Written by: on December 14, 2020 @ 8:00 am

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First in Flight
December 17, 2020

Image Source: Pixabay.com

What comes to mind when you hear this phrase? Orville & Wilbur Wright? The State of North Carolina’s motto and bragging rights? The movie Top Gun? We are taking this theme quite literally, trying to discover the actual first in flight. The answer is the kite!  They are certainly little flying machines that have astounded Man for centuries. There are millions of people around the world, that look up to the skies to watch or fly a kite. “What easier way to get from the ground to the sky”, said Benjamin Franklin when he was trying to figure out the nature of lightning. Kites set people’s imaginations wild.

The earliest written account of kite flying was about 200 B.C. when the Chinese General Han Hsin of the Han Dynasty flew a kite over the walls of a city he was attacking to measure how far his army would have to tunnel to reach past the defenses. Knowing this distance his troops reached the inside of the city, surprised their enemy, and were victorious. How clever?

Kite flying was eventually spread by traders from China to Korea, and across Asia to India. Each area developed a distinctive style of kite and cultural purpose for flying them.

Image Source: Wikimedia Commons
Marco Polo

Marco Polo carried stories of kites to Europe around the end of the 13th century. Illustrations of the period show non-flying dragon kites on military banners. Sailors also brought kites back from Japan and Malaysia in the 16th and 17th centuries. Kites were regarded as curiosities at first and had little impact on European culture.

Image Source: Wikimedia Commons
Benjamin Franklin

Meanwhile back in the Americas, men like Benjamin Franklin and Alexander Wilson used their knowledge of kite flying to learn more about the wind and weather. Sir George Caley, a very important figure in aeronautics, who quite fancied aviation himself, Samuel Langley, an astronomer, Lawrence Hargrave, an engineer and explorer, Alexander Graham Bell, an inventor and scientist, and the Wright Brothers, the aviation pioneers! All of these people have experimented with kites and contributed to the development of the airplane, and our understanding of flight. They have all contributed to man’s desire to reach for the skies, and ultimately the stars.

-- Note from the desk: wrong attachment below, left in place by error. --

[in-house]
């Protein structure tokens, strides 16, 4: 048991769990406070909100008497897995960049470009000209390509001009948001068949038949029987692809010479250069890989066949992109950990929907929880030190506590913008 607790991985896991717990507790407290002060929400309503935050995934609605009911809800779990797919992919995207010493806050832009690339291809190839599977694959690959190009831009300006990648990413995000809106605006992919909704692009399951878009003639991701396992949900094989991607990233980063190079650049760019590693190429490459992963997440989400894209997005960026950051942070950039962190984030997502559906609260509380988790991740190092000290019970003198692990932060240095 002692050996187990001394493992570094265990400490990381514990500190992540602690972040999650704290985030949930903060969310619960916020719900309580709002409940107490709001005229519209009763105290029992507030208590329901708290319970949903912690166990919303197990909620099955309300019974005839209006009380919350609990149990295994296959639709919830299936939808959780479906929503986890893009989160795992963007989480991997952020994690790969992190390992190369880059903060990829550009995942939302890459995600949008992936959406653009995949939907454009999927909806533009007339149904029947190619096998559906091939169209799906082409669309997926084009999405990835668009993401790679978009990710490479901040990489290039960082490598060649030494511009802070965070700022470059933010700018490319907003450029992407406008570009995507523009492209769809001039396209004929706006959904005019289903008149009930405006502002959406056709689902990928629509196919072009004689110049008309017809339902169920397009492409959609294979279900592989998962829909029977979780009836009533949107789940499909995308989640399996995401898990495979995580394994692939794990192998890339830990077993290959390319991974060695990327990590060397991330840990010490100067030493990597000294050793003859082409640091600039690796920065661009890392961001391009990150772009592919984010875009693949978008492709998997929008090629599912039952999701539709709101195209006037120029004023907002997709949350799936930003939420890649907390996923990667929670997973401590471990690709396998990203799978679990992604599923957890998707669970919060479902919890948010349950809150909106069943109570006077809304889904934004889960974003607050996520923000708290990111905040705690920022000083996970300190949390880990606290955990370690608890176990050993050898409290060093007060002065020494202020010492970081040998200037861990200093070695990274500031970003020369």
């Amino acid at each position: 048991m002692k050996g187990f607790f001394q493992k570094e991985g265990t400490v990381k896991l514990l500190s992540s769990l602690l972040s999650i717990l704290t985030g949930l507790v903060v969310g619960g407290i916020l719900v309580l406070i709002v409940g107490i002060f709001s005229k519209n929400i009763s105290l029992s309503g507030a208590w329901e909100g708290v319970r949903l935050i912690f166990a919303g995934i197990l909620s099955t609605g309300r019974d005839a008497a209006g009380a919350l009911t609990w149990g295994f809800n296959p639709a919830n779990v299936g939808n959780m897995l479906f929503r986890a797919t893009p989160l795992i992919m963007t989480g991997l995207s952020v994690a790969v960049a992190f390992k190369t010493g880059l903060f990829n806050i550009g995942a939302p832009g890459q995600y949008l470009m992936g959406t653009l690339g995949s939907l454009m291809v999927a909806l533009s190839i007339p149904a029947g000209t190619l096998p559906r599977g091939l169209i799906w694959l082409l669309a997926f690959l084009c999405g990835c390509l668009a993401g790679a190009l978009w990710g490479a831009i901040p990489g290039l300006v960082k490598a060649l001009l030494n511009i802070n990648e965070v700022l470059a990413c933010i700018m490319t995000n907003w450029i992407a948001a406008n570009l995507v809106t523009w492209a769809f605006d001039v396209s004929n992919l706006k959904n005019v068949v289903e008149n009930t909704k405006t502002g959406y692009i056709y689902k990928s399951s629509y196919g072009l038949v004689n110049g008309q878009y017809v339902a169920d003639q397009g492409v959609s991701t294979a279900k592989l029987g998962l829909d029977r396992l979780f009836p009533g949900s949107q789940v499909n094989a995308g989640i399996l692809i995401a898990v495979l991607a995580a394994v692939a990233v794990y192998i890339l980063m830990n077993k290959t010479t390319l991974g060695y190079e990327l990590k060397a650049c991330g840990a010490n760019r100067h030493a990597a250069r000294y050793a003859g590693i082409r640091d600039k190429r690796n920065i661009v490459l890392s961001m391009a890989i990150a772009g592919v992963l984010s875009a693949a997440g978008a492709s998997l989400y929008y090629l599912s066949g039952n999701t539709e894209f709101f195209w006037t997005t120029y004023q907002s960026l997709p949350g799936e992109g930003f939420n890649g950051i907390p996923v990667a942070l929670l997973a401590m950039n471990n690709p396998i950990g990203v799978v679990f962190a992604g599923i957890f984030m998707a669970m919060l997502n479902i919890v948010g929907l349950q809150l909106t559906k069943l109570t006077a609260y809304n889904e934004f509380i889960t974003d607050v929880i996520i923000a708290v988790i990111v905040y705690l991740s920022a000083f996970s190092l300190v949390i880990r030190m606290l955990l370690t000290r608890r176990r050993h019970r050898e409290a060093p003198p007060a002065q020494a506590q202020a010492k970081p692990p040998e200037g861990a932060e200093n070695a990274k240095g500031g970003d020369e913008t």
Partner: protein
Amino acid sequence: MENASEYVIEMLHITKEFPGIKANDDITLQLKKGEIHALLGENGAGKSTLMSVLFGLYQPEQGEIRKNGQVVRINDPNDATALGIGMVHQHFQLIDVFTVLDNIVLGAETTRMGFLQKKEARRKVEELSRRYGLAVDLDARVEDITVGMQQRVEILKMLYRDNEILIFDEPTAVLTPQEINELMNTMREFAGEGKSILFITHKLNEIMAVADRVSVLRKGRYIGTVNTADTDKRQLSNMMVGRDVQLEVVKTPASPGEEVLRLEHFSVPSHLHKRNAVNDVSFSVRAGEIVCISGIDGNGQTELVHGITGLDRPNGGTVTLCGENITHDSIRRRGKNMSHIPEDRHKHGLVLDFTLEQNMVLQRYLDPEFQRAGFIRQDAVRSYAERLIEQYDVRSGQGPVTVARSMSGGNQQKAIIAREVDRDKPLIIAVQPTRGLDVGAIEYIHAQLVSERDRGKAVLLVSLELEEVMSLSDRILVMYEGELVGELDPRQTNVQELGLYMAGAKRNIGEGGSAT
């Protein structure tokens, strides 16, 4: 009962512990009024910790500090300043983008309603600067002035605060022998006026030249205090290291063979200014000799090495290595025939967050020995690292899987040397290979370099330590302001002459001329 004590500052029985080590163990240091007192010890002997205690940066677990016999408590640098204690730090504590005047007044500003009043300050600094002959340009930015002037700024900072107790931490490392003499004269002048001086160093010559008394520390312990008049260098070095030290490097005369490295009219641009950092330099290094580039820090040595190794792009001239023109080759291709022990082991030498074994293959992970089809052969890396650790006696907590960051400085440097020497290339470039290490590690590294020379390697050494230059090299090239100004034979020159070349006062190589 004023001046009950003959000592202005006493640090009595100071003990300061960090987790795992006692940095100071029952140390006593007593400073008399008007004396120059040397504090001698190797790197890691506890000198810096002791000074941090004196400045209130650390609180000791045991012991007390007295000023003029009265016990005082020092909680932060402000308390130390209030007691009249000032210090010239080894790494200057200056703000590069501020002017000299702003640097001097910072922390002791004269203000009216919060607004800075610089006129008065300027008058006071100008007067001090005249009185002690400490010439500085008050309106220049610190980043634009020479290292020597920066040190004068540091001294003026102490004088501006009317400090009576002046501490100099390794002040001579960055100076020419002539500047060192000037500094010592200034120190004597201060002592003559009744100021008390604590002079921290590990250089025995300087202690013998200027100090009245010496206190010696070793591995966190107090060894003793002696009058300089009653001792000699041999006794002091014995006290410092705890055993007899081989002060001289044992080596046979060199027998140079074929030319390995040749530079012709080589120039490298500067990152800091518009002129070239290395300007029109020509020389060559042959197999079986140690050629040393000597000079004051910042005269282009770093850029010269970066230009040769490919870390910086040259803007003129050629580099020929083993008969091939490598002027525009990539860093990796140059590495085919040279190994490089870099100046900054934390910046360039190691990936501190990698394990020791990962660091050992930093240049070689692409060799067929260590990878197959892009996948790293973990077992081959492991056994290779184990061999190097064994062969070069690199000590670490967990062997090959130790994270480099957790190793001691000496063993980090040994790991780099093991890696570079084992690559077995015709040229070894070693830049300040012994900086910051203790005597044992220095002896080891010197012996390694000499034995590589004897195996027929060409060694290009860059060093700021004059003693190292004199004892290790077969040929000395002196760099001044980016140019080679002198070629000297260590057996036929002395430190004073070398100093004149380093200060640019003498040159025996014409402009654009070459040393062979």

Since its invention, there have been many adaptations to the kite by various cultures around the world. The kite you probably flew as a kid looks a bit different to the original Chinese kites and even the kites of modern China. 

Image Source: Wikimedia Commons
Chinese Dragon Kite

A Chinese kite in ancient times would have used simple materials such as wood and cloth. They were often made to resemble the shapes of birds. Today, elaborate and large designs can be seen flying above parks in China. They will often resemble real animals and members of the Chinese Zodiac. Some kites will have LED lights attached to allow for night flights and fun light shows. There is even a kite museum where you can view designs and learn more about the history of kites through the ages!

Image Source: Wikimedia Commons
Weifang Kite Museum, China

But how do kites actually fly? What is the science behind them?

First let’s talk about airplanes.  An airplane flies because the wings create lift. The air going over the wing is moving faster than the air going under the wing, and this creates a low-pressure causing lift.

In terms of kites, lift is generated by differences in air pressure, which are created by air in motion over the body of the kite. Kites are shaped and angled so that the air moving over the top moves faster than the air moving along the bottom. To launch a kite into the air the force of lift must be greater than the force of gravity, just like airplanes!

Image Source: Pixabay.com

Who’s ready to fly a kite? If you’re ready, check out our at-home experiment: Chinese Kite! Grab your materials and follow along with the lesson plan to make your very own kite!

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Catogories: HTHT, It's National ________ Day!, Science, Uncategorized

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